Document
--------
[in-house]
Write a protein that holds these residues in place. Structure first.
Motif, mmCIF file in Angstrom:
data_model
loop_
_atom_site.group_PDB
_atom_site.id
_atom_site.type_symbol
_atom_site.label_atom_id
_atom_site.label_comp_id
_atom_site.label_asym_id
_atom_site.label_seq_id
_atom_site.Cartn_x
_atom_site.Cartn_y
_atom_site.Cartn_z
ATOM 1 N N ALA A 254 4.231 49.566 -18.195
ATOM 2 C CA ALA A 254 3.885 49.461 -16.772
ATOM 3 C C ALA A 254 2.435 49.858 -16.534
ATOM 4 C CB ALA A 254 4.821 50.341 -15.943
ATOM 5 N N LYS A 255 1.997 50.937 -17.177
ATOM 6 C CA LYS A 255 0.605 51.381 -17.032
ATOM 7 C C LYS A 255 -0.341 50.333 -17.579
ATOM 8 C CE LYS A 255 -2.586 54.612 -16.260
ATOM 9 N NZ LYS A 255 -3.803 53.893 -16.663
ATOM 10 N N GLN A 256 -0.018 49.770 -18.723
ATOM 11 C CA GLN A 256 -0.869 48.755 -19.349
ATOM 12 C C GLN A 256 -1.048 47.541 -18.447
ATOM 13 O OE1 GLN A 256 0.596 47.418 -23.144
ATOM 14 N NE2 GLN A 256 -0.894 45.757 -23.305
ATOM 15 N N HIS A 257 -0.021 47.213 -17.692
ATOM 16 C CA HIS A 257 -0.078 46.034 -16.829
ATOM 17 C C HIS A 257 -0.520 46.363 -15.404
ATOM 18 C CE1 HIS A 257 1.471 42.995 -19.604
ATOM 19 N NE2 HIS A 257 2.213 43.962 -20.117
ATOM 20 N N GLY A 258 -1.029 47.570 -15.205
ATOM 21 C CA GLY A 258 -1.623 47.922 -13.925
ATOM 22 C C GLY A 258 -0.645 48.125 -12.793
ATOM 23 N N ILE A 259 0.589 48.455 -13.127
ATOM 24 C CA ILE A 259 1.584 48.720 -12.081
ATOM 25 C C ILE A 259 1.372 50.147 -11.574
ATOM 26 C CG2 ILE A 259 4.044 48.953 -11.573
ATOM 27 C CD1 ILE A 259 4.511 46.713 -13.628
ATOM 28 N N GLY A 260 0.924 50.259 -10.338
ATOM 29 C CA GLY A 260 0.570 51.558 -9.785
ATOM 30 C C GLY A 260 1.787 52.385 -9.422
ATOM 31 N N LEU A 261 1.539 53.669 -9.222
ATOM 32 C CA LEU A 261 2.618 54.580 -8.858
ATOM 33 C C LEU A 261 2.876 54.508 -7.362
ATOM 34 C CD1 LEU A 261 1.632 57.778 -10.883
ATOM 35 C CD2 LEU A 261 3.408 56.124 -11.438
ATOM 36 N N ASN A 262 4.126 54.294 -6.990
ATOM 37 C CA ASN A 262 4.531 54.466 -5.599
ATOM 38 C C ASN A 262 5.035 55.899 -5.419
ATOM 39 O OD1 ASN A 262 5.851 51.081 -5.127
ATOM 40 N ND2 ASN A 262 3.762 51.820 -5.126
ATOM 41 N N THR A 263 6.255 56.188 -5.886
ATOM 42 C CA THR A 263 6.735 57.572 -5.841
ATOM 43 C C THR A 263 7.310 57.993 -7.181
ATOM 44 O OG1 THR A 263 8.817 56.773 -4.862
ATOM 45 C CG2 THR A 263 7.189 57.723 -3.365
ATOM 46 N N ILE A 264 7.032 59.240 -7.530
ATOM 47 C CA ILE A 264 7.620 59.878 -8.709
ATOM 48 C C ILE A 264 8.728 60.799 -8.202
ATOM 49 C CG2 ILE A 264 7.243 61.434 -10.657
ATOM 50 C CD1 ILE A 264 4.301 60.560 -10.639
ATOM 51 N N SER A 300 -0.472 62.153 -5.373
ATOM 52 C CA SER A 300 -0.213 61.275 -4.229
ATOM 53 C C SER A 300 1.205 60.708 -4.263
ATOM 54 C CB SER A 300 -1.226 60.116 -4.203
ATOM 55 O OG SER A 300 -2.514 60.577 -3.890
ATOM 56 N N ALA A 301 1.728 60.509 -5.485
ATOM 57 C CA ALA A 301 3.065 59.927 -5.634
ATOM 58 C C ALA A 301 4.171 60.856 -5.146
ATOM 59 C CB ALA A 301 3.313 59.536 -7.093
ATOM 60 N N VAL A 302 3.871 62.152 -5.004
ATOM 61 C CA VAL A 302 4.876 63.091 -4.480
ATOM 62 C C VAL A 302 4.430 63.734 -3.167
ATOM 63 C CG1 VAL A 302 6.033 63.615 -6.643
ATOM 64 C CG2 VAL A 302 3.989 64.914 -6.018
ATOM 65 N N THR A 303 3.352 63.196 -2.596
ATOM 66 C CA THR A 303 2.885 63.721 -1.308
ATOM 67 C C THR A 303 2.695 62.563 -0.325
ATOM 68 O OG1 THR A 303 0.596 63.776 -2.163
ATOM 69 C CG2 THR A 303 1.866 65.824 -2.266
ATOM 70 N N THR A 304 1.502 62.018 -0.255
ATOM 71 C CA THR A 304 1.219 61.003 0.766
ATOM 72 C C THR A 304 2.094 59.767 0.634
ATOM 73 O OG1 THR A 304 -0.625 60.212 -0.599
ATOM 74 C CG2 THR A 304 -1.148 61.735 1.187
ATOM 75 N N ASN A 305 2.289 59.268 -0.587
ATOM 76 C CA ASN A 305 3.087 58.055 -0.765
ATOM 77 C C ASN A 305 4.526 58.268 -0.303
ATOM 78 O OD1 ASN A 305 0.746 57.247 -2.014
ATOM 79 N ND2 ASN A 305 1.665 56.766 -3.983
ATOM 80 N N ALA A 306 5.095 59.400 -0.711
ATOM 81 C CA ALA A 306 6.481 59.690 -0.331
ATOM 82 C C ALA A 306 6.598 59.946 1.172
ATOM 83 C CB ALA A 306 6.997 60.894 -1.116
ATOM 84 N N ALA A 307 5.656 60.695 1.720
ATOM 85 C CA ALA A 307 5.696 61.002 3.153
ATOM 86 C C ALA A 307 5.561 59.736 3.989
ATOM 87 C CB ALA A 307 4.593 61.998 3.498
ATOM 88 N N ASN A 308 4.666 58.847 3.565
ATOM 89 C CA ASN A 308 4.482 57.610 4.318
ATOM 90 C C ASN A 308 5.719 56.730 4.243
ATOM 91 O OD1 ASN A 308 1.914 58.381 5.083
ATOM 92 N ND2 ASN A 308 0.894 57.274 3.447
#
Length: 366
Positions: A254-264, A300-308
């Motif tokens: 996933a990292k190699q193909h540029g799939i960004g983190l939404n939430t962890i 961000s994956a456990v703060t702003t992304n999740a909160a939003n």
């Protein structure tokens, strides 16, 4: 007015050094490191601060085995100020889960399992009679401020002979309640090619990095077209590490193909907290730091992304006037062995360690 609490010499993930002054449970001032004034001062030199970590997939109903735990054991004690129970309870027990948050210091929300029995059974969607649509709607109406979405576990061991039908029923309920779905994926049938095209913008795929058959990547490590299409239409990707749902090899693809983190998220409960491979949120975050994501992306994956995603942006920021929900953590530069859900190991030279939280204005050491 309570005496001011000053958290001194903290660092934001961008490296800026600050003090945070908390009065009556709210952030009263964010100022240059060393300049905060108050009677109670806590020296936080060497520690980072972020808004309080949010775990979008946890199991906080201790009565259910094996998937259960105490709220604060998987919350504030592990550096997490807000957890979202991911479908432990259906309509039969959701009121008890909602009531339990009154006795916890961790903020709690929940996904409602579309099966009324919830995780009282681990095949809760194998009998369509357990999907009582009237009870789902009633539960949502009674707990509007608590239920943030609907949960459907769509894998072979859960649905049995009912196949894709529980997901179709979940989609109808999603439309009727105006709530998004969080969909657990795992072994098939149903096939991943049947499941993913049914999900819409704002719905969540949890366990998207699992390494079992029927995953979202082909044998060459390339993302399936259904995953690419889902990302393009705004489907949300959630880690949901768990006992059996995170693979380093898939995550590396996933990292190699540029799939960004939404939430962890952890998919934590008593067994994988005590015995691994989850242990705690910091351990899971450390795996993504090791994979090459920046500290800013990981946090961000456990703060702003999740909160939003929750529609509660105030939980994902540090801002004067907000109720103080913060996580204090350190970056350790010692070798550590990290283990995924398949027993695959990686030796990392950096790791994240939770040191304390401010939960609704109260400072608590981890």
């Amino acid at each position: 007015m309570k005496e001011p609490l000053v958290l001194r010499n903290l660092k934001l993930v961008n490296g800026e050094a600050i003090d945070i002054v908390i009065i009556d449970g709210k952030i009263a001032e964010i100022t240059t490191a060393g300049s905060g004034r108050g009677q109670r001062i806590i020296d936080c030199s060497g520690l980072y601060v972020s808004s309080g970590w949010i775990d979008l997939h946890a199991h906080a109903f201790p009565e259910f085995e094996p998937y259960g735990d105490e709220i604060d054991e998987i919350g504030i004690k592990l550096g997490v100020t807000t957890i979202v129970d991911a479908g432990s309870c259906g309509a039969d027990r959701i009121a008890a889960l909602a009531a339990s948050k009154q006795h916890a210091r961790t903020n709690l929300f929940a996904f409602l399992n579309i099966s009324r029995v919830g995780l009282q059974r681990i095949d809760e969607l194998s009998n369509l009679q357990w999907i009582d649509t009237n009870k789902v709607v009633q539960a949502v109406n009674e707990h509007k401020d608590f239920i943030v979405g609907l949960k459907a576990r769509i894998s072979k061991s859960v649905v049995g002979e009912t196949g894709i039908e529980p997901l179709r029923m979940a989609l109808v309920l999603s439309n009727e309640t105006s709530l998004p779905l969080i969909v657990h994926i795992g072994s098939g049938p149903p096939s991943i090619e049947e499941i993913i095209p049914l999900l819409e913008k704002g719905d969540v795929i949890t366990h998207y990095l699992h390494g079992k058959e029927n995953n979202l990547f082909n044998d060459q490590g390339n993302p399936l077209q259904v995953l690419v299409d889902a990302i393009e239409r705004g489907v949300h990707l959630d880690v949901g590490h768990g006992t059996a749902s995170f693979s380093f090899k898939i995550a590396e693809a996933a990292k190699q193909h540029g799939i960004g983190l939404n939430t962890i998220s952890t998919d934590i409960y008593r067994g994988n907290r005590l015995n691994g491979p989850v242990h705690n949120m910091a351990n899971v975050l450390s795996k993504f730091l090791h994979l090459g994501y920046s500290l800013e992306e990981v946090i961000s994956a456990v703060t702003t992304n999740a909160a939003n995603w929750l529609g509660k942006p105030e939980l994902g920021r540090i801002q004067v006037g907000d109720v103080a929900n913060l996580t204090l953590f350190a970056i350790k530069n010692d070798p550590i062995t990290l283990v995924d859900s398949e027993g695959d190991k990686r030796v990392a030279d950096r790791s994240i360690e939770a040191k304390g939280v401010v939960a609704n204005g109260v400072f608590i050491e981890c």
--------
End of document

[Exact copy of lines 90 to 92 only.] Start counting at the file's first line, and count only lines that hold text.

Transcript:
ATOM 75 N N ASN A 305 2.289 59.268 -0.587
ATOM 76 C CA ASN A 305 3.087 58.055 -0.765
ATOM 77 C C ASN A 305 4.526 58.268 -0.303